Taoiseach (Prime Minister) Leo Varadkar made the remarks on Pat Kenny’s Newstalk radio show while discussing the possibility of Green Party members in Northern Ireland having a say in the formation of a coalition government. 

"We don't have a lot of overseas members. We do have some overseas members though. We have members in Belfast for example," he said. 

The remarks drew criticism from Sinn Fein assembly member Emma Sheerin who accused Varadkar of being "out of touch with people north and south at a time when people on the ground are struggling with the challenges of the COVID-19 crisis.” 

"His comments are bizarre and insulting to the nationalists in the north he pledged never to leave behind again and he should unreservedly withdraw them,” she added.

Read more: Irish health expert slams UK's COVID-19 plans

Varadkar issued a response to the criticism, apologizing over his error while seeking to clarify his comments. 

"My sincere apologies to anyone I offended," Varadkar told The Irish News.

"I have crossed the land border dozens of times in my efforts to prevent a hard border and to bring both jurisdictions closer together.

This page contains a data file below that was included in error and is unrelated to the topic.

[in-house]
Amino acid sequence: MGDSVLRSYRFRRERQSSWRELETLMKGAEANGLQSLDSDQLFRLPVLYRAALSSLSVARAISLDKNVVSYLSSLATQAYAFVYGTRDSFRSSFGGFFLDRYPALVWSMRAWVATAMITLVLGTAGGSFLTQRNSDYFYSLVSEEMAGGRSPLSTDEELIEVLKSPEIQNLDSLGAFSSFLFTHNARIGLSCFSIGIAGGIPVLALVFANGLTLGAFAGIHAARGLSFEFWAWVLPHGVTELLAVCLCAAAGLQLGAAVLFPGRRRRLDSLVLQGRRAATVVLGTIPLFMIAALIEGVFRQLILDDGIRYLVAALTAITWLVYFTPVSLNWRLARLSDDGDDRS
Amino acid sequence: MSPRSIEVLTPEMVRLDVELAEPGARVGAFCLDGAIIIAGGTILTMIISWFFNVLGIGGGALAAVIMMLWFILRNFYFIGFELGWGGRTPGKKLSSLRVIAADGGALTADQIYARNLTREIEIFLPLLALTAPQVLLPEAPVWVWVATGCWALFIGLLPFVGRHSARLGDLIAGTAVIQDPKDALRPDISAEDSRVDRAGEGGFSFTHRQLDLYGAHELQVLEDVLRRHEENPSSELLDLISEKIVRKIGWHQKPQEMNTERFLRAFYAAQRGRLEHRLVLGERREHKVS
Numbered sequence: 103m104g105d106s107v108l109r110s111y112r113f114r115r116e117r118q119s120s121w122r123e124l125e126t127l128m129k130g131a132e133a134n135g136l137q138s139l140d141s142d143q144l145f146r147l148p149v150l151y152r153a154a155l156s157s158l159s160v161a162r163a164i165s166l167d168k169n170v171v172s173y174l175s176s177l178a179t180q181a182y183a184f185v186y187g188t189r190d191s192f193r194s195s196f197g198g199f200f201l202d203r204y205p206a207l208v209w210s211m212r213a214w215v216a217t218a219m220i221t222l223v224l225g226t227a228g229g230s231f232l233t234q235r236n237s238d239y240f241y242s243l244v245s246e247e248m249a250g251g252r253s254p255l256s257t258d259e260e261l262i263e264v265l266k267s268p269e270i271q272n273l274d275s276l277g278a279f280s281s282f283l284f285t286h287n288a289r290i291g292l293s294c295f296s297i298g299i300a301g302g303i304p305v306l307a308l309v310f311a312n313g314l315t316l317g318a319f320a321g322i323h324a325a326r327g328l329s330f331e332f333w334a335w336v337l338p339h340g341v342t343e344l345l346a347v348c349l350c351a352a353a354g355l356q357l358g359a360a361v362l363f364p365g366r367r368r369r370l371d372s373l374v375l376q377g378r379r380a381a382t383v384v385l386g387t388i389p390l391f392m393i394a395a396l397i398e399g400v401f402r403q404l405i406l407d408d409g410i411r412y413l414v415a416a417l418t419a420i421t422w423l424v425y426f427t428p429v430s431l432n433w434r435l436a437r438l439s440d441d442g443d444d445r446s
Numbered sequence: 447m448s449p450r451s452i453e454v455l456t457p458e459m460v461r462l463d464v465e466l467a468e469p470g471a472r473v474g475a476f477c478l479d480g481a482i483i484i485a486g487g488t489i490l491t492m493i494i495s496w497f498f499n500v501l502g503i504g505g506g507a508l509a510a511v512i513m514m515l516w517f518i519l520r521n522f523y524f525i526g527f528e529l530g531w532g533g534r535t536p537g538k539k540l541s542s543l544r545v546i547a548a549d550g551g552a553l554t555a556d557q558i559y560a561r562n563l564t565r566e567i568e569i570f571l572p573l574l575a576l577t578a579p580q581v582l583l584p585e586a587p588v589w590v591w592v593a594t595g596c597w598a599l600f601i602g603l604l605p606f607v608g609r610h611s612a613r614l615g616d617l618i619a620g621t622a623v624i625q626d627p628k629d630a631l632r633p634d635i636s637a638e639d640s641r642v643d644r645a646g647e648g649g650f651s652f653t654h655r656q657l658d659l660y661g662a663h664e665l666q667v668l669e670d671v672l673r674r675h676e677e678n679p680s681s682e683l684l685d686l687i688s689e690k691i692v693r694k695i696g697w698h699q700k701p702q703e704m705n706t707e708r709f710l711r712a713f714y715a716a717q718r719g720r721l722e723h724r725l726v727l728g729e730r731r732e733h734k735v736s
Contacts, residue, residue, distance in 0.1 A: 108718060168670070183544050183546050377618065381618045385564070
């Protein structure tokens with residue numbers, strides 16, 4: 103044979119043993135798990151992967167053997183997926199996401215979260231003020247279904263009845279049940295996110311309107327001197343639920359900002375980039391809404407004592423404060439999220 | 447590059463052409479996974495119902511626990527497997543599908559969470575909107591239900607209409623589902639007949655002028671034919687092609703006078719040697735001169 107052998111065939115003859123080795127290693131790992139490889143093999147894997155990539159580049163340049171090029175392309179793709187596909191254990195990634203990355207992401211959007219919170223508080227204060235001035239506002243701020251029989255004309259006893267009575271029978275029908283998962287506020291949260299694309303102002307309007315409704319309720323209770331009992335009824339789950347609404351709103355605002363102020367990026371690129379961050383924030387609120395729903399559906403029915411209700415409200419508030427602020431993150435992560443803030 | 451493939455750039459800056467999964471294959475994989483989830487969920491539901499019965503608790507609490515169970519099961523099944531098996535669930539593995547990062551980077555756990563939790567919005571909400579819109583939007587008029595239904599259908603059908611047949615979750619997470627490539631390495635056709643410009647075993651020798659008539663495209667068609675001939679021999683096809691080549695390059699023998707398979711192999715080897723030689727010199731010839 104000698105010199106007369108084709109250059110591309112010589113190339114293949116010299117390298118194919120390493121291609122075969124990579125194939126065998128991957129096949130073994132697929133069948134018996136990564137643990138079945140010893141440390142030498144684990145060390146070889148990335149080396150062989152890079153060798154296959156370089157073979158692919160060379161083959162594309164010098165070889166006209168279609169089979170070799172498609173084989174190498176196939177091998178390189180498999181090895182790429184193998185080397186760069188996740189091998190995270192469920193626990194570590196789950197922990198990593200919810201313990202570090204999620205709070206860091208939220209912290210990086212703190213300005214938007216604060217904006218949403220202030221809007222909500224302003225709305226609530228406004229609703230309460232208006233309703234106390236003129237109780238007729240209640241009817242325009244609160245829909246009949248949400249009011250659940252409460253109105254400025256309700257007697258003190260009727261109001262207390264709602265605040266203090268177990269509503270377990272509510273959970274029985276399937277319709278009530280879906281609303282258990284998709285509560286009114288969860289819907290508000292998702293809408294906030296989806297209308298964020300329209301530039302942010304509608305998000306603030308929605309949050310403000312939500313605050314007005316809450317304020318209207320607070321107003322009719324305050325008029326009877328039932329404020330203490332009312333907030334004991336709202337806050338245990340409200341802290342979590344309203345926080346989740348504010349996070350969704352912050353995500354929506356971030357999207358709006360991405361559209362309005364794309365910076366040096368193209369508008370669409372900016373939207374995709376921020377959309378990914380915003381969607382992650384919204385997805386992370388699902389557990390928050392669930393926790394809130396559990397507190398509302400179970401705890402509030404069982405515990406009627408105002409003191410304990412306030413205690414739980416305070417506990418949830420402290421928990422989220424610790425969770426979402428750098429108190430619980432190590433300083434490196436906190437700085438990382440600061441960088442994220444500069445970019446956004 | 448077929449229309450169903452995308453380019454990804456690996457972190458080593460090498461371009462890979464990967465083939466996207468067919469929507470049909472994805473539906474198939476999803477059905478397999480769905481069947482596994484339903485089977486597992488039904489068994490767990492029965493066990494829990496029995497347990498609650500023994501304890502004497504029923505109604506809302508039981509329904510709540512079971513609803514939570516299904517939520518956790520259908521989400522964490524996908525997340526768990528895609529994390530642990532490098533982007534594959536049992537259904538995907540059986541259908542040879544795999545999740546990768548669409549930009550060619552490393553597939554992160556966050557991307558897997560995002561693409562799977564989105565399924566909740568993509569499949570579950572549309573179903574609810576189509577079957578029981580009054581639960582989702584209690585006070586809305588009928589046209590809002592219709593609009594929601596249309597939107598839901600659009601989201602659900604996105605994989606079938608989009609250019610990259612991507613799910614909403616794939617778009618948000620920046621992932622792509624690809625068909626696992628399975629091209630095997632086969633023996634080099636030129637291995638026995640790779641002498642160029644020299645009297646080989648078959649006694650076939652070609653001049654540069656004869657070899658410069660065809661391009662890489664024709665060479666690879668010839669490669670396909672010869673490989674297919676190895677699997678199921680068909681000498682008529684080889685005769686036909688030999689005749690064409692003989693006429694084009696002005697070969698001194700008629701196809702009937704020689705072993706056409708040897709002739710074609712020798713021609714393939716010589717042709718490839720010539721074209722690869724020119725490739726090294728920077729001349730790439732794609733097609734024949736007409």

"To clarify, Fine Gael has a Belfast branch and we also have branches overseas like Brussels.  

“The context, which some have neglected to mention, was me defending the right of Green Party and Fine Gael members living in Northern Ireland to have a say on whether we form a government together." 

Varadkar hit back at his Sinn Fein critics though, asking if the party "in the interests of goodwill" would "stop referring to the state as the south of Ireland, free state or the southern state.

"Some find that offensive too and it is geographically incorrect, especially if you consider the location of Donegal," he added.

The criticism and response comes a day after, Varadkar clashed with Sinn Fein leader Mary Lou McDonald over the €350 per week COVID-19 pandemic unemployment payment. 

He was keen to highlight that payments for the unemployed are far lower in Northern Ireland, where Sinn Fein is in power.

Read more: Coronavirus live updates from Ireland

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